Estimating KWh electicity billing using clamp-on amp meter

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On 5/30/2011 7:34 AM, Home Guy wrote: ...

I did (or at least made a surmise) earlier...
I would presume that it is owing to the intense regulation being imposed on utilities that almost completely hamstrings them from being able to expand generation (and of also transmission) capacities or even to keep existing generation online.
In such a circumstance, anything they can do to provide incentives to users to level peak demand is a plus.
Or, the other possibility is that it is a condition placed on them by the State regulators. Certainly it will have been approved by same.
--
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dpb wrote:

How about a more simple explanation: Creative revenue enhancement?
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On 5/30/2011 9:07 AM, Home Guy wrote:

Even simpler: Rate commissions and consumer advocate groups combined w/ environmental and other regulations...
(30+yr commercial utility engineering experience)
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Whey don't they do peak and off-peak billing? That seems to make more sense and would be easier for the customers to adjust their consumption around,
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On 5/30/2011 1:34 PM, snipped-for-privacy@att.bizzzzzzzzzzzz wrote: ...

For residential, sure...this is commercial meter, though, not residential even though it is light commercial where it wouldn't make any significant difference in the (apparent) current use as given by OP.
OTOH, for "real" industrial large loads which is really the target, they generally use control algorithms to try to maintain as near level consumption as possible as well as maximize power factor. They do this by phased starting/stopping schedules for the really large gear, etc., etc., etc., as much as is feasible within other operational constraints...
One paper mill for which I did consulting had a very sophisticated startup sequence that relied on precise timing of motor-starting along the >1 mile length of the line. It took something otoo 45 minutes from the initial button press before the last set of rollers began to turn.
Another that used similar logic but that I never actually worked on was the rolling mill making Al can stock at the Alcoa facility in Alcoa, TN. It was a tower facility that had large feed rolls at one end and can stock collected on rollers at the other with about a half-mile of material going up and down in between in successive stages of the rolling process. I always thought it kinda kewl to watch the linear velocity increase from start to end--about 7-10X that at the entrance.
Electric arc furnaces at the Alcoa facility and other metal fab locations are another set of very large loads where anything to level load is a benefit financially and operationally as well.
--
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I was referring to the OP's comment about the 2000kWh limit before the utility uses demand billing, even on residential customers.

Understood. I was referring only to small, residential, customers.

You locate those *next* to power generation. ;-) It's the largest cost.
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On 5/30/2011 2:27 PM, snipped-for-privacy@att.bizzzzzzzzzzzz wrote: ...

...
Oh, sorry, missed that limited context intent.
No, I don't see it being particularly significant for residential customers for the most part other than, perhaps, the mcmansion-type w/ spa, pool and pool heaters, maybe the heated driveway thingie, etc., etc., etc., ... For the casual homeowner w/ a fridge and range and water heater, it's unlikely would make much difference. But, it would be simple enough to deal w/ things like the water heater and other loads not sharing "on" time.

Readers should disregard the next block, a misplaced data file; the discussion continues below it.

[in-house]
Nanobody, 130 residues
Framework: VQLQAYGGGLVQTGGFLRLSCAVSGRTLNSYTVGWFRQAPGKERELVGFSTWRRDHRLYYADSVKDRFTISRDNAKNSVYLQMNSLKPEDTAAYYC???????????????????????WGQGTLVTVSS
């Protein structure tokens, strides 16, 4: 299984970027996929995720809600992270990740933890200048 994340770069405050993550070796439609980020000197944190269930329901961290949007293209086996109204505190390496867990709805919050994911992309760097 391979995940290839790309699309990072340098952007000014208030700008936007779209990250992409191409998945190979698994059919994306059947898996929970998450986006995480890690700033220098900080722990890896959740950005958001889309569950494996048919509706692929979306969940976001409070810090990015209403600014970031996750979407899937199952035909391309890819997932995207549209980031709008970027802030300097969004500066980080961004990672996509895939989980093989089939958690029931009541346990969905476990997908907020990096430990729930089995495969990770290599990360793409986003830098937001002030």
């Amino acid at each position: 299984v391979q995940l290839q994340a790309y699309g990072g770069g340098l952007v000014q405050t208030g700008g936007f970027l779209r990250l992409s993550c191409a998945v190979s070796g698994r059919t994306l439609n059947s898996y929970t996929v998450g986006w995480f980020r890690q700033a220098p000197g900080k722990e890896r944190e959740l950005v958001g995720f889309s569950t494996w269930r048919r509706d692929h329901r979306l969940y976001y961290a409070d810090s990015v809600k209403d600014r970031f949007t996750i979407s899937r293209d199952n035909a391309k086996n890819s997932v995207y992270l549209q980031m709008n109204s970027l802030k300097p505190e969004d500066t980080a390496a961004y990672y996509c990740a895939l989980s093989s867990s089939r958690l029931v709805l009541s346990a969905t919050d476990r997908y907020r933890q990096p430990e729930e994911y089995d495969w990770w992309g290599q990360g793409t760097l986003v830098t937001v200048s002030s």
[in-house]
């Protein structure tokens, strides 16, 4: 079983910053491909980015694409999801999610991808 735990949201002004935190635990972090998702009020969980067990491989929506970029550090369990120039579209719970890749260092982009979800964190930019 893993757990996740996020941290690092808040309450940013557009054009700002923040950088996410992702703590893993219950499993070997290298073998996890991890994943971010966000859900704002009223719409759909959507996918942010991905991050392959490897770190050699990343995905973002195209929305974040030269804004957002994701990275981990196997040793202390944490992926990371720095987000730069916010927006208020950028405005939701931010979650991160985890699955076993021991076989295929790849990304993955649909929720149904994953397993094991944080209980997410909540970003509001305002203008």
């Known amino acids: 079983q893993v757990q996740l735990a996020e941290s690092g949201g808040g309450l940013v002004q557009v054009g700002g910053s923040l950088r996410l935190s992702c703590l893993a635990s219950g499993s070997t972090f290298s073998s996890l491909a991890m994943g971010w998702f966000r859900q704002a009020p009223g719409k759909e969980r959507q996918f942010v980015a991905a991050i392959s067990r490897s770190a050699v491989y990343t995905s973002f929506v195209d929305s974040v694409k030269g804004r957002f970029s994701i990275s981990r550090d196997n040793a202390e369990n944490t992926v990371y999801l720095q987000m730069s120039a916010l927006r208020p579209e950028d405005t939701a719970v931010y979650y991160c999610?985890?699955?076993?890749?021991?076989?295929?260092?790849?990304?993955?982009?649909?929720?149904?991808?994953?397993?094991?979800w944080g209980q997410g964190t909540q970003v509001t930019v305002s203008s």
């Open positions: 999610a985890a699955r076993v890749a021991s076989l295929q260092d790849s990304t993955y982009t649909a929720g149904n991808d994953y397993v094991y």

Alcoa is where it is in large part owing to TVA in the WW II era as is Oak Ridge (gas diffusion plants and earlier magnetic separation) for the Manhattan Project. Rural at the time w/ plenty of water for power. Kingston Fossil was built subsequently for the expansion of the facilities during the '50s arms race.
While relatively close, the Al plant isn't right next door to generation facilities but the smelter is closer. It's kinda spooky driving along I40 when one of the loaded flatbeds passes at about 80-85 mph w/ that vat of hot Al on the way to the casting mill. There have been a couple of accidents where they've spilled one; it tends to leave crispy things all around... :(
--
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I would think it more important to get those things off "peak" times, where commercial users are the big users. I guess it depends on where the choke points are in the system.

I imagine it would.
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On 5/30/2011 3:21 PM, snipped-for-privacy@att.bizzzzzzzzzzzz wrote:
...

...
Indeed. I would guess the limitation for residential is in transmission and substations as growth continues to get more spread out from urban centers. Little of that is directed to or through the areas that would be serving the heavy industrial users so don't think it would make much difference for most utilities from that standpoint.
I could see that load leveling could, on a wide-enough scale, potentially allow one to forestall otherwise necessary retail market grid enhancements as a potential (altho distribution wasn't my primary area when doing work w/ the utilities; I was mostly generation-side I&C R&D for enhanced measurements during most of time w/ the fossil guys; prior to that while still in the nuke generation arena it was all very physics oriented and very little to do w/ anything more than remotely connected to actually generating power--only in that it took somebody to keep the reactors purring to boil the water in the SGs and deep in the bowels of the computational physics models used for those calculations are my thumb prints... :) )
--
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On 5/30/2011 1:34 PM, snipped-for-privacy@att.bizzzzzzzzzzzz wrote:

Peak and off-peak isn't all that easy with the old meters, but I thought that was one of the capabilities of the new "smart" meters. Also 'talking' to the occupant.
Demand is a common method for utilities to level the peaks for reasons that have been well covered. Around here the demand shows up as a penalty charge, not a kWh rate multiplier. For industrial metering "reactive power" (kVARh) metering is also pretty common - again a penalty charge. The penalties are high enough to provide a real incentive. Some installations with backup power run the backup to shave peaks.
If I had the questions Home Guy did I would talk to the utility. Leave the door unlocked? Why repeated numbers? Why wide variation? Estimates?